The Future Isn't Invisible, But It's Real Quiet
In order for a material to work as an acoustic cloak, the speed of sound passing through it must be direction dependent. That is, sound waves traveling through the shielding material from one direction must move at a different speed than waves traveling in a perpendicular direction. These differences create scattering effects that should direct sound waves to flow over a shielded object like water flowing around a rock. Because the waves return to their original conformation after passing such a shielded object, the object effectively becomes invisible to sonar. And a listener inside such a shield wouldn't hear the sounds flowing around.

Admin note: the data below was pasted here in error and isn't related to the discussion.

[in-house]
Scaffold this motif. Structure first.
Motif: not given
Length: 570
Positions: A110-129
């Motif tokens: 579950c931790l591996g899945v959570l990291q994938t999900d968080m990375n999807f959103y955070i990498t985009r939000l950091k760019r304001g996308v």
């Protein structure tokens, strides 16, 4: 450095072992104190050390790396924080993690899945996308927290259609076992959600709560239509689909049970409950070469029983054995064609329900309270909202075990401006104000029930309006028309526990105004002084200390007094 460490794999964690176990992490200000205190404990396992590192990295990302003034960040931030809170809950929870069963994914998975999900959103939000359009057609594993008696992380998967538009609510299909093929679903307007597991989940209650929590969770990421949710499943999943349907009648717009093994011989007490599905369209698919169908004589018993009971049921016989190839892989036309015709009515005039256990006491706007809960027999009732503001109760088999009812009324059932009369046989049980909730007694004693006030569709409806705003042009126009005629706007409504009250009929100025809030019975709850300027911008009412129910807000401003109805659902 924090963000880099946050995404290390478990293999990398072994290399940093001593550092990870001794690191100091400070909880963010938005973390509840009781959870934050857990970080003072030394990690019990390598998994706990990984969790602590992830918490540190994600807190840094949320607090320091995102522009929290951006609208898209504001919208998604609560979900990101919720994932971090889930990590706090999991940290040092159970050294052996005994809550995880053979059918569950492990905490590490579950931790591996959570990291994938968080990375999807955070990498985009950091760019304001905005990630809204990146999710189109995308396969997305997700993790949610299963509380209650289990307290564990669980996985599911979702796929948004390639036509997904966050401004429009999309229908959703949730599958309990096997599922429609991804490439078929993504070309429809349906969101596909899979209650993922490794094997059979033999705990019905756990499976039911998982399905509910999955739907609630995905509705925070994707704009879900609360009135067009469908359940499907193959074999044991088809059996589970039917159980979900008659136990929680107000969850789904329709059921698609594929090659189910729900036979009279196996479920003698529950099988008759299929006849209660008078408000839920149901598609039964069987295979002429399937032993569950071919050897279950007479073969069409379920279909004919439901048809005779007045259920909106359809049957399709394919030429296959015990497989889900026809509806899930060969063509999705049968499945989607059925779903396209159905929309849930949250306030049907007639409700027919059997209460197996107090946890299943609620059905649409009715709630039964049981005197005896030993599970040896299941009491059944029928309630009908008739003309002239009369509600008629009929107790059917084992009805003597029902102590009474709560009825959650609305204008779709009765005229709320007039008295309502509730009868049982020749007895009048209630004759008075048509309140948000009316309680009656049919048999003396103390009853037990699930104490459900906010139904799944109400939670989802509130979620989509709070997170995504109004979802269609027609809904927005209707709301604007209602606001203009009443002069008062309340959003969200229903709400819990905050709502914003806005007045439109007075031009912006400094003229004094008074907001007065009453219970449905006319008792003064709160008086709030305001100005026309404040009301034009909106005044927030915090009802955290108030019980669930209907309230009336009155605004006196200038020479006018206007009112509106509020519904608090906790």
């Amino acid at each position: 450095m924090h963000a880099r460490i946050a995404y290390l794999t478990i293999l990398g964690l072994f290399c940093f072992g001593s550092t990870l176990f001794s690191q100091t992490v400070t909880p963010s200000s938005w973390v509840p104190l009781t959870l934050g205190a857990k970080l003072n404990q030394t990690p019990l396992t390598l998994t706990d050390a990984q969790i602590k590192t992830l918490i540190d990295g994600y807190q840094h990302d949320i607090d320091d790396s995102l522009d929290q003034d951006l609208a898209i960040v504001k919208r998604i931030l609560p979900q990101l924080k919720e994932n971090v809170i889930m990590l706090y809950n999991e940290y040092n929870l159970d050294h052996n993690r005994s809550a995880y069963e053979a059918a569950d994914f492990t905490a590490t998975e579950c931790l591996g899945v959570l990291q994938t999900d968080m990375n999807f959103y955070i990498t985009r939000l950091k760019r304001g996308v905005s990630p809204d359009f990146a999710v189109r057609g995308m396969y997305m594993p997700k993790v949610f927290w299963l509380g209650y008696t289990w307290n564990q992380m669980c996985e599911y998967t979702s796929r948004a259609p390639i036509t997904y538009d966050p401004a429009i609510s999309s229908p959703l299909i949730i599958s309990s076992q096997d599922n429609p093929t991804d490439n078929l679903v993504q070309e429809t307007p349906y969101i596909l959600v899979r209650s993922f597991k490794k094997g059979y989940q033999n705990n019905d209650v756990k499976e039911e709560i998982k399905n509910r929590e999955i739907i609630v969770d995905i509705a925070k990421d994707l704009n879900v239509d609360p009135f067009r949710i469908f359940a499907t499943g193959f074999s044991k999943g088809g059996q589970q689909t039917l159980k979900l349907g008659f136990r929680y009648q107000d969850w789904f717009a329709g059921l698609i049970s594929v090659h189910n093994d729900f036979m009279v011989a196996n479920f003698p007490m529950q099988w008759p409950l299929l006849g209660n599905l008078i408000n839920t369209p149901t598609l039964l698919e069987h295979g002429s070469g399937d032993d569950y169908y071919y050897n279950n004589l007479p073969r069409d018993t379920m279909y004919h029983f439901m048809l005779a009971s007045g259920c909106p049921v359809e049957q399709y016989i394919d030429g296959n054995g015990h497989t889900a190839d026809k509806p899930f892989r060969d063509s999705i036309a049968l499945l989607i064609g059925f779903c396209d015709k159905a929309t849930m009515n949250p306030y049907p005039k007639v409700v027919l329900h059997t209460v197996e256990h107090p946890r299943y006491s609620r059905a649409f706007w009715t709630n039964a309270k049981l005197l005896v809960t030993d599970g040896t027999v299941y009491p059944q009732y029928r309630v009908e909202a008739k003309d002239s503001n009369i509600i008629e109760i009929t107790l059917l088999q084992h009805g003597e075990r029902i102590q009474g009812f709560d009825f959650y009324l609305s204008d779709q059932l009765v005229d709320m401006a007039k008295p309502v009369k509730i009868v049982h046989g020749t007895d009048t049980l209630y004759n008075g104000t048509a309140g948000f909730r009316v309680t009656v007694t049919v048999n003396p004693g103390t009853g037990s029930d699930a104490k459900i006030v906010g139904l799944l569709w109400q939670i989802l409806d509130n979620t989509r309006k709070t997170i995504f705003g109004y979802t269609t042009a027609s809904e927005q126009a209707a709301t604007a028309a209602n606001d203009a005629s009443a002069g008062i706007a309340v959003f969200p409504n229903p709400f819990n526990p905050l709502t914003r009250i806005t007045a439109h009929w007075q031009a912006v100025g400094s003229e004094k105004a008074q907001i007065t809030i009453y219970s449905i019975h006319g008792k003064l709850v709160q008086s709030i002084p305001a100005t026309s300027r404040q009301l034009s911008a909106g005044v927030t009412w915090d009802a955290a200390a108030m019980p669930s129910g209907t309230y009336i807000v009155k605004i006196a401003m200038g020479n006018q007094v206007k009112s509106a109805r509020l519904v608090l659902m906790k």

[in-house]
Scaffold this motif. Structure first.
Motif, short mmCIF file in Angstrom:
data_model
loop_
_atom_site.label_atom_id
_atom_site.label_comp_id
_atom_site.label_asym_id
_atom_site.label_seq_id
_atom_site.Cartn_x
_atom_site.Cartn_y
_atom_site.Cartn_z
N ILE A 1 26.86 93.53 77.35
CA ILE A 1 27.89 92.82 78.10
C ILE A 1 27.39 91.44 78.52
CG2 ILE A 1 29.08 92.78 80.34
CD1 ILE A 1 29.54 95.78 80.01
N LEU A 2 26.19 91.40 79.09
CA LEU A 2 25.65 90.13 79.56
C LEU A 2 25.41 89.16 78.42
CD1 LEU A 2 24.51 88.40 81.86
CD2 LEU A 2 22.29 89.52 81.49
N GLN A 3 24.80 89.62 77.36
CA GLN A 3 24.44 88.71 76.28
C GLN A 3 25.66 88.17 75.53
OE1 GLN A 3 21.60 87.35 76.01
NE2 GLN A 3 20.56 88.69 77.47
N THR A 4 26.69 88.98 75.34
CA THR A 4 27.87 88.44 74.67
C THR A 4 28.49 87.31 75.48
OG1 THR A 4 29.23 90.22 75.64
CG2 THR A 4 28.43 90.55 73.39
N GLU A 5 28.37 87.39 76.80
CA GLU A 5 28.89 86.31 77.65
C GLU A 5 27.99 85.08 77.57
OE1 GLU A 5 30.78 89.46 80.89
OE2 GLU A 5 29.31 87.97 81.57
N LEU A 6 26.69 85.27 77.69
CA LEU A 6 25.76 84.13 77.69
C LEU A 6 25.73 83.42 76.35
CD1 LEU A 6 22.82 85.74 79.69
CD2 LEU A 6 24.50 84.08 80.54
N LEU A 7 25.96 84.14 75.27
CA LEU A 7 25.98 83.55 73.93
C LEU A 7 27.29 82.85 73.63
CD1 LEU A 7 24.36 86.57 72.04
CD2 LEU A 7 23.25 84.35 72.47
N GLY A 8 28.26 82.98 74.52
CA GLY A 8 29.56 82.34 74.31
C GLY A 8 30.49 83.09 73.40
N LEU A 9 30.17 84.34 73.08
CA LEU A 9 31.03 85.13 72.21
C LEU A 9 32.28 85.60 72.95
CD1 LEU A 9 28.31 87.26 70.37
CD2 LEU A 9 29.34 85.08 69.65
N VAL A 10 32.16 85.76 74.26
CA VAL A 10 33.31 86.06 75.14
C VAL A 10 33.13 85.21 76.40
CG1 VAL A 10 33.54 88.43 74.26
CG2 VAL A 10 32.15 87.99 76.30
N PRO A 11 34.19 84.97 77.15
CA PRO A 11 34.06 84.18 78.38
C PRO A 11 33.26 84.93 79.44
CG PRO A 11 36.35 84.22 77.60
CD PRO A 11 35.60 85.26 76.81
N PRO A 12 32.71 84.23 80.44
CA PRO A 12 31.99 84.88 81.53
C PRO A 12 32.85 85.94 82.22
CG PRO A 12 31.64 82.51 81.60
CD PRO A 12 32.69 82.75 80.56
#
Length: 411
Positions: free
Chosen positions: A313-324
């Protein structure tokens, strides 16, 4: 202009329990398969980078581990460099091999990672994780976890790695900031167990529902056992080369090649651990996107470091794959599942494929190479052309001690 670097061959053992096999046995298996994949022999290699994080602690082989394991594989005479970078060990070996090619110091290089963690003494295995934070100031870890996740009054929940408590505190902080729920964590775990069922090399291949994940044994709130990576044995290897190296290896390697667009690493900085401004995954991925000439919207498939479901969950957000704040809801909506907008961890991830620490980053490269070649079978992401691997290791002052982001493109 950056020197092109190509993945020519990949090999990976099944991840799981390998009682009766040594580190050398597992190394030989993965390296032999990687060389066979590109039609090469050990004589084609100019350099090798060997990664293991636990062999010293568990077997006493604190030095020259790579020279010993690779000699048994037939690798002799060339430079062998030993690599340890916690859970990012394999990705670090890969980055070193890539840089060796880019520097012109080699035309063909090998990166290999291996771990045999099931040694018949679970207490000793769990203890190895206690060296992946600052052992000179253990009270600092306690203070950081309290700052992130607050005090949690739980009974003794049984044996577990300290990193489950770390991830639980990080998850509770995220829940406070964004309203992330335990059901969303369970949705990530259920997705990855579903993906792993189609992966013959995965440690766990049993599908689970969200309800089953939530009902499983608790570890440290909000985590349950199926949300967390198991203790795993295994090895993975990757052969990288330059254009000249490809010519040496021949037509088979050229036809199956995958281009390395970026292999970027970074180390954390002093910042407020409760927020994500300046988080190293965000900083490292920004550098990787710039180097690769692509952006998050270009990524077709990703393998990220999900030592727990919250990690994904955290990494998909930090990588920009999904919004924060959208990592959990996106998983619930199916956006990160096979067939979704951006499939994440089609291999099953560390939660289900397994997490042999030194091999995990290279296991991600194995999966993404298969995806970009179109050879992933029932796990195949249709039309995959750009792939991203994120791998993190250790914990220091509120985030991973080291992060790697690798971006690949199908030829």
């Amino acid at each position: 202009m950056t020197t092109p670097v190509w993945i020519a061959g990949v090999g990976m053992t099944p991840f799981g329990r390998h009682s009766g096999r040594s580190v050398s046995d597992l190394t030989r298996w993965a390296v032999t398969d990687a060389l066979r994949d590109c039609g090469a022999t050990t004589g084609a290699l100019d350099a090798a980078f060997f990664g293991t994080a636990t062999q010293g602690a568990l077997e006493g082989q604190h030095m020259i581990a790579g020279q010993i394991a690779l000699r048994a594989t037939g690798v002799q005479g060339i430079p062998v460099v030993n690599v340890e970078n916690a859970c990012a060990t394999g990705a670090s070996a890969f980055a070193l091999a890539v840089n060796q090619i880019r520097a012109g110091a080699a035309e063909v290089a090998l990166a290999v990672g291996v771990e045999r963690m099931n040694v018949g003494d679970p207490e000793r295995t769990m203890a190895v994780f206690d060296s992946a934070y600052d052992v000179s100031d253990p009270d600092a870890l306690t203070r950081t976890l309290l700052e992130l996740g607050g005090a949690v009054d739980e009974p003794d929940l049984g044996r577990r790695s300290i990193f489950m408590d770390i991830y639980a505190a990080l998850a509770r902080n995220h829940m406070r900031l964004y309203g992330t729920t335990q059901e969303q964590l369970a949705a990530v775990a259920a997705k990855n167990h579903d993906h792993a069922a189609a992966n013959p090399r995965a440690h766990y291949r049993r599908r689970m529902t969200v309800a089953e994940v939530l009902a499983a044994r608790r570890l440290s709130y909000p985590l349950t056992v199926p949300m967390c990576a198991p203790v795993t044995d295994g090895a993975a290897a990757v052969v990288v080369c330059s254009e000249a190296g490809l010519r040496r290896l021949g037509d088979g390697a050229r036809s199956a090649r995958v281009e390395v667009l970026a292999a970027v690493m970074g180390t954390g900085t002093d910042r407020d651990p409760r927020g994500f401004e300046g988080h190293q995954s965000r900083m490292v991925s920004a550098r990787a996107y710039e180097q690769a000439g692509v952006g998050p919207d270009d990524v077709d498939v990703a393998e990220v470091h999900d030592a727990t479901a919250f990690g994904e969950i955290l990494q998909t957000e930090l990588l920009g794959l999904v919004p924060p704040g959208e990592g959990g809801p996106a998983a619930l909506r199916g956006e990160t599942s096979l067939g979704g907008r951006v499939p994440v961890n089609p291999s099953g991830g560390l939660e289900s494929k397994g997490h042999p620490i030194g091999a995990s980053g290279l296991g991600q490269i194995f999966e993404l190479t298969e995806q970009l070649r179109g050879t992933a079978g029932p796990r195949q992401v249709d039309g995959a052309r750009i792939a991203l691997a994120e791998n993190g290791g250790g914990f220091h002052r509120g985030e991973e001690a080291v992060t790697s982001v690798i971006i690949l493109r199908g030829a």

The scientists have demonstrated the idea, but there are technical difficulties with the engineering of the substance itself that must be overcome before you'll be getting any off the shelf at Wal-Mart.